[PubMed]

6-OH-BTA-1 has a binding affinity (Ki) of 4.5 nM for aggregated amyloid-beta(1-40) fibrils in competition with [N-methyl-3H]BTA-1 (15). The Ki Value for thioflavin-T was found to be 580 nM. Saturation binding studies with [N-methyl-3H]6-OH-BTA-1 to amyloid-beta(1-40) peptide showed a Kd value of 4.7 nM and a Bmax value of 2.7 pmol of 6-OH-BTA-1 per nmol of amyloid-beta(1-40) peptide. 6-OH-BTA-1 showed no inhibition in an array of neurotransmitter receptor and transporter assays. Saturation binding studies with [N-methyl-3H]6-OH-BTA-1 to homogenates of frontal cortex from postmortem advanced AD brain showed a KD value of 1.4 nM and a Bmax value of 1900 pmol per g tissue. There was no specific binding of [N-methyl-3H]6-OH-BTA-1 to homogenates of frontal cortex from age-matched control brain as well as to homogenates of cerebellum from AD brain or control brain. Klunk et al (16) showed that [11C]6-OH-BTA-1 bound specifically to frontal cortex of postmortem AD brain slices, and its binding could be blocked by excess unlabeled BTA-1. There was little binding of [11C]6-OH-BTA-1 to frontal cortex of normal elderly control brain slices.

Animal Studies

Rodents

[PubMed]

[11C]-labeled BTA derivatives (0.37-3.7 MBq, 10-100 μCi) were injected intravenously into mice to study their accumulation into brain of normal mice (15). 6-OH-BTA-1 has an apparent lipophilicity (log Pc18) of 1.2. It is expected to enter the brain readily. The radioactivity in excised brain samples was measured at 2 and 30 min after injection. [11C]6-OH-BTA-1 showed the lowest 30-min brain value of 0.018% injected dose (ID)-kg/g, with the highest 2 min-to-30 min ratio of 12. [11C]BTA-1 was the second best tracer, with a 2 min-to-30 min ratio of 7.6. The peripheral metabolism of [11C]6-OH-BTA-1 in normal mice was rapid, with intact [11C]6-OH-BTA-1 composing 73% of the total plasma activity at 2 min after injection and 6% at 30 min. All [11C]6-OH-BTA-1 metabolites were polar and are not expected to cross the blood-brain barrier because the brain homogenates at 2 and 10 min contained >95% unmetabolized [11C]6-OH-BTA-1.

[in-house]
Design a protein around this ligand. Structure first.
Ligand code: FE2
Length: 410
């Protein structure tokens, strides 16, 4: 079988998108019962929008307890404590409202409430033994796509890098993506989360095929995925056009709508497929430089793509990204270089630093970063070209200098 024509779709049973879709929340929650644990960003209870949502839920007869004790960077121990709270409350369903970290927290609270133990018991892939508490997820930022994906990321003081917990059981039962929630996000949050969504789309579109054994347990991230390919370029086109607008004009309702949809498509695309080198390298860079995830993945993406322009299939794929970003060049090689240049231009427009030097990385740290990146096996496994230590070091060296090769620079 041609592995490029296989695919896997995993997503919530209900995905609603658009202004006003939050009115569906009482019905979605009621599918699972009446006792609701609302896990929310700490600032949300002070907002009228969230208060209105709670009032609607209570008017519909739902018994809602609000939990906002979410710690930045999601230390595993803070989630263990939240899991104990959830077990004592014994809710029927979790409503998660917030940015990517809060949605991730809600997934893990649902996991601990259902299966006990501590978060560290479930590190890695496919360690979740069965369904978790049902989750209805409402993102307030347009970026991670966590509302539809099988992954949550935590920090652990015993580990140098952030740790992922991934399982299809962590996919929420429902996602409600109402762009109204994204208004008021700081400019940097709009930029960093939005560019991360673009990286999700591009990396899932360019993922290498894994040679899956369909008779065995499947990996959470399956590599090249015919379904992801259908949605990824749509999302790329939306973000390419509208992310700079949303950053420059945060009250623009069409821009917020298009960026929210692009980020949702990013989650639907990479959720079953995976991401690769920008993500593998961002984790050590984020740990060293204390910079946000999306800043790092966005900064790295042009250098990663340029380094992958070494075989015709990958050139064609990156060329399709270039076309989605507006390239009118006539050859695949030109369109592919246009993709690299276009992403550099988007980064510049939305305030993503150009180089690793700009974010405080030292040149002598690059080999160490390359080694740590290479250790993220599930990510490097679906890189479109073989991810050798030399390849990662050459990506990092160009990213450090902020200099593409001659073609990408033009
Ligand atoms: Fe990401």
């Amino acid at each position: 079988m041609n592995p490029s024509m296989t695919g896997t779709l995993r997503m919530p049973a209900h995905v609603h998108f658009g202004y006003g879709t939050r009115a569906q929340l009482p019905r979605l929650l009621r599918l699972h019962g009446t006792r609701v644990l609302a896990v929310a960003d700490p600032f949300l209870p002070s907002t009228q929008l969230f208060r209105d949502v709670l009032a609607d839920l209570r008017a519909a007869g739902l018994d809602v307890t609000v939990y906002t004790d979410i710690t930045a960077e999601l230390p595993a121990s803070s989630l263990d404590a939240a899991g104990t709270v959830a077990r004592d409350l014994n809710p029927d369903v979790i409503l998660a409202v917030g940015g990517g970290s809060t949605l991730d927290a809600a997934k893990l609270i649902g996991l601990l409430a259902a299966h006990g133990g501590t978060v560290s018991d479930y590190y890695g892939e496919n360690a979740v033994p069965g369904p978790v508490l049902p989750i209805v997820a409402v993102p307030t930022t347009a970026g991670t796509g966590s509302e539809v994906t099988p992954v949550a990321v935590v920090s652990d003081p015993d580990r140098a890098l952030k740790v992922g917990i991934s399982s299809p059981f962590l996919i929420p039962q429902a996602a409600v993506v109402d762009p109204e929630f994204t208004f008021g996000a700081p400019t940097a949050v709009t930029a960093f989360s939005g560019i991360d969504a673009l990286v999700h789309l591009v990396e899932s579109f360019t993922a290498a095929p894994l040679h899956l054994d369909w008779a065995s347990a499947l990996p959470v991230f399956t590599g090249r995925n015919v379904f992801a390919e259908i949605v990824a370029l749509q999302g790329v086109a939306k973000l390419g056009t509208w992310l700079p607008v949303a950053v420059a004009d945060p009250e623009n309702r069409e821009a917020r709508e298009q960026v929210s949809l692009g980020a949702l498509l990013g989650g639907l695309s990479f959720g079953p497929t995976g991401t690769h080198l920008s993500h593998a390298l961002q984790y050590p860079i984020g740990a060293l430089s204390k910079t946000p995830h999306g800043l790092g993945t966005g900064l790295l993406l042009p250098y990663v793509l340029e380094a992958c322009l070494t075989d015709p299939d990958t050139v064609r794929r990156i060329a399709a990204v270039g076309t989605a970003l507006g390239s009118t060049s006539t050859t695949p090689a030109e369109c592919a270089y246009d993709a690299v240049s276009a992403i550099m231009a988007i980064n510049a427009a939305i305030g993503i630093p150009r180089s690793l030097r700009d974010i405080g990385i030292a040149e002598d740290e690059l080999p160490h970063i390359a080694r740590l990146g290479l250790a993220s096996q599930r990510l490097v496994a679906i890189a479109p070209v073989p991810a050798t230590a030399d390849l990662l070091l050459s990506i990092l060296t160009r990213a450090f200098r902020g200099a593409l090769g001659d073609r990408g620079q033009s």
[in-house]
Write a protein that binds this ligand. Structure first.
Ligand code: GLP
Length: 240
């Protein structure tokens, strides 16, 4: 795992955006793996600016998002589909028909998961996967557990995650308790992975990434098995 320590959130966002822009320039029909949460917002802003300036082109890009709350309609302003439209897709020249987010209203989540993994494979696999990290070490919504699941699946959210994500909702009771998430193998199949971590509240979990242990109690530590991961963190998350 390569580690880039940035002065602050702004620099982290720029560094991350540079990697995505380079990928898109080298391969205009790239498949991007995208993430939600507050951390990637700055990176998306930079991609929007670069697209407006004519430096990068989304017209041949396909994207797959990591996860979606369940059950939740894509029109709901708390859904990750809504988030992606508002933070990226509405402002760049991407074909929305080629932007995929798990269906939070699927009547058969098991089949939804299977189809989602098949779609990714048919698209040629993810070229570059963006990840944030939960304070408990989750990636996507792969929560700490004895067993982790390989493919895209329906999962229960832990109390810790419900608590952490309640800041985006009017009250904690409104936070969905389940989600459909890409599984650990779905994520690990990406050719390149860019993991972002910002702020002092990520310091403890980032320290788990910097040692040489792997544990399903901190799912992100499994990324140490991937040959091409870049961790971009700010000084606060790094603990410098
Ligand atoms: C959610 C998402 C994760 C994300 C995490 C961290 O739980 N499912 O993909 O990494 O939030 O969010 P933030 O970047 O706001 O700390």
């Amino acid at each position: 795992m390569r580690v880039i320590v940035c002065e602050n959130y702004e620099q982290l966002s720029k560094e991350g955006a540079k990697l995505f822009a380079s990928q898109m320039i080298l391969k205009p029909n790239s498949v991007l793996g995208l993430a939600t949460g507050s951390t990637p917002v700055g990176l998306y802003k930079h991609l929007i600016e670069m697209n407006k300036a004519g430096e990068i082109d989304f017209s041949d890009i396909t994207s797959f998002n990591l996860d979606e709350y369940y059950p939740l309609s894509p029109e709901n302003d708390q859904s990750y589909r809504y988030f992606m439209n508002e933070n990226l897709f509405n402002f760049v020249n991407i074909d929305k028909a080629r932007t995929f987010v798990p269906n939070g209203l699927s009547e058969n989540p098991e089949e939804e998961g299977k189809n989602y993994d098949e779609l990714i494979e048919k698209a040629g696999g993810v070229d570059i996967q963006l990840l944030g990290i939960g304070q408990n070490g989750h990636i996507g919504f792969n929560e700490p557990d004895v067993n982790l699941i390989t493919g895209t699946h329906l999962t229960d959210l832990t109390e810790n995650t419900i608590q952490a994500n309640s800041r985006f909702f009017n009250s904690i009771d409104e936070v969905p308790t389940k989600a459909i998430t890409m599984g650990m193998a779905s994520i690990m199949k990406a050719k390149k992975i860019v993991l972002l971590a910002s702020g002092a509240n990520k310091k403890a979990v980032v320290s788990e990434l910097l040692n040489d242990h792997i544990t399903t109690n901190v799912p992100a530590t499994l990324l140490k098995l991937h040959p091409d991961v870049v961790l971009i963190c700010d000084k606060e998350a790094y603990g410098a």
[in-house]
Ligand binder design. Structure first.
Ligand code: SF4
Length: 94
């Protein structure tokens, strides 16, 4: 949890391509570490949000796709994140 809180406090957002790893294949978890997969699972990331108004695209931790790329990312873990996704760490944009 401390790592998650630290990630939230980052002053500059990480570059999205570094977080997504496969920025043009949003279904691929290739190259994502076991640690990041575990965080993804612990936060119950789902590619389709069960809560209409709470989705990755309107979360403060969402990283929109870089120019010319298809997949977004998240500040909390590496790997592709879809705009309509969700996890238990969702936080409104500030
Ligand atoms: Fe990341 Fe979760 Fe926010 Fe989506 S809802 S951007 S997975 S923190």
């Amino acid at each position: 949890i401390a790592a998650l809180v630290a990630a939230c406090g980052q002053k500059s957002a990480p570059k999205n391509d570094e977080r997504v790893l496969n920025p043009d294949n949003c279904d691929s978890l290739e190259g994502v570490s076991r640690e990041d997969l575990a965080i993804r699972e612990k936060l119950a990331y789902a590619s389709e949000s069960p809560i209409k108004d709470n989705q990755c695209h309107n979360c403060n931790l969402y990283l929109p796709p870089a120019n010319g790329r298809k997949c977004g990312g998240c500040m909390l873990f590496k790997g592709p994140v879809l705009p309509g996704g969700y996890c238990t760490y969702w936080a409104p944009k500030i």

Other Non-Primate Mammals

[PubMed]

No publication is currently available.

Non-Human Primates

[PubMed]

PET studies were performed in six adult baboons after injection of 185 MBq (5 mCi) of [11C]6-OH-BTA-1 or [11]BTA-1 and co-registered with MRI anatomical brain images (15). A dynamic series of PET scans were acquired over 60 min. At early time points (0-9 min), radioactivity was uniformly distributed throughout the baboon brains, whereas at the later time points, radioactivity became more heterogeneously distributed. Regions of brain containing higher levels of white matter (such as pons) exhibited 20-30% higher accumulation of radioactivity than regions that were mainly gray matter (such as the temporal, mesial-temporal, and occipital cortex). In the baboon brains, radioactivity concentrations of [11C]BTA-1 and [11C]6-OH-BTA-1 at 30 min were 0.45 and 0.27% ID-kg/g, respectively. These values were similar to those in mice. [11C]6-OH-BTA-1 showed a faster rate of clearance of radioactivity than [11C]BTA-1.

Human Studies

[PubMed]